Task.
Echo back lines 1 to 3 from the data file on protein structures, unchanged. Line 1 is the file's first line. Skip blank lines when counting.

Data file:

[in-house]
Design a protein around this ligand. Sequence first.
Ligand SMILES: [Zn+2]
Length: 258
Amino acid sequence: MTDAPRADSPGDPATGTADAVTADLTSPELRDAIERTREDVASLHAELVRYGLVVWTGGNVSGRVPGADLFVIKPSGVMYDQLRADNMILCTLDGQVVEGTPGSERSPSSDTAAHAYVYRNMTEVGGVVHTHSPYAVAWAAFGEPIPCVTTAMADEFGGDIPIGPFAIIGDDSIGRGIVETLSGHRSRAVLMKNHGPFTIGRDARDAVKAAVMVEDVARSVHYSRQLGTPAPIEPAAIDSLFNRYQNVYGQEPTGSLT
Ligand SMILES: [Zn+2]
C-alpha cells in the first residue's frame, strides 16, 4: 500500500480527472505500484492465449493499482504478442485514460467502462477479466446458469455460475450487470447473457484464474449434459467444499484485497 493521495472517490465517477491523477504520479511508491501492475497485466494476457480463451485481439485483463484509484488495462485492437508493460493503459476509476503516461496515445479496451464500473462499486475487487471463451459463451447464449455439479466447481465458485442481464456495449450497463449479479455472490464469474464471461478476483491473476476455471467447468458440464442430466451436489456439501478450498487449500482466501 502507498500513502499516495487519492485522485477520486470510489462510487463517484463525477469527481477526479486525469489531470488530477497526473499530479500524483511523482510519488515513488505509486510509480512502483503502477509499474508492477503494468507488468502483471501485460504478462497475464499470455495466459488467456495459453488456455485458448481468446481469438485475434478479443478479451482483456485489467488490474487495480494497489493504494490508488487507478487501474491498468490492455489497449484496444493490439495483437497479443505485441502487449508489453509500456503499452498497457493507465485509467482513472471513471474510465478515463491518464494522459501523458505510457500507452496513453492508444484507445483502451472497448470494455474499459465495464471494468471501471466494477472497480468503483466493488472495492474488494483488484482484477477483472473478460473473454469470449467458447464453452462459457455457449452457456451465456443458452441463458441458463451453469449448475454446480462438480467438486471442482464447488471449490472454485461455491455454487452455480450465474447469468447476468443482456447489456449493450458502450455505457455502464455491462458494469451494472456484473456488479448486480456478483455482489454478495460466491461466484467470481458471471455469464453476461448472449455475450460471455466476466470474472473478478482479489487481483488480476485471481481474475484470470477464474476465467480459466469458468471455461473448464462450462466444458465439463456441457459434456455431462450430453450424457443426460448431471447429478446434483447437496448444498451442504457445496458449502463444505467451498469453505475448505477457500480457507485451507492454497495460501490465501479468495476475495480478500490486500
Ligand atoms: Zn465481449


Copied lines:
[in-house]
Design a protein around this ligand. Sequence first.
Ligand SMILES: [Zn+2]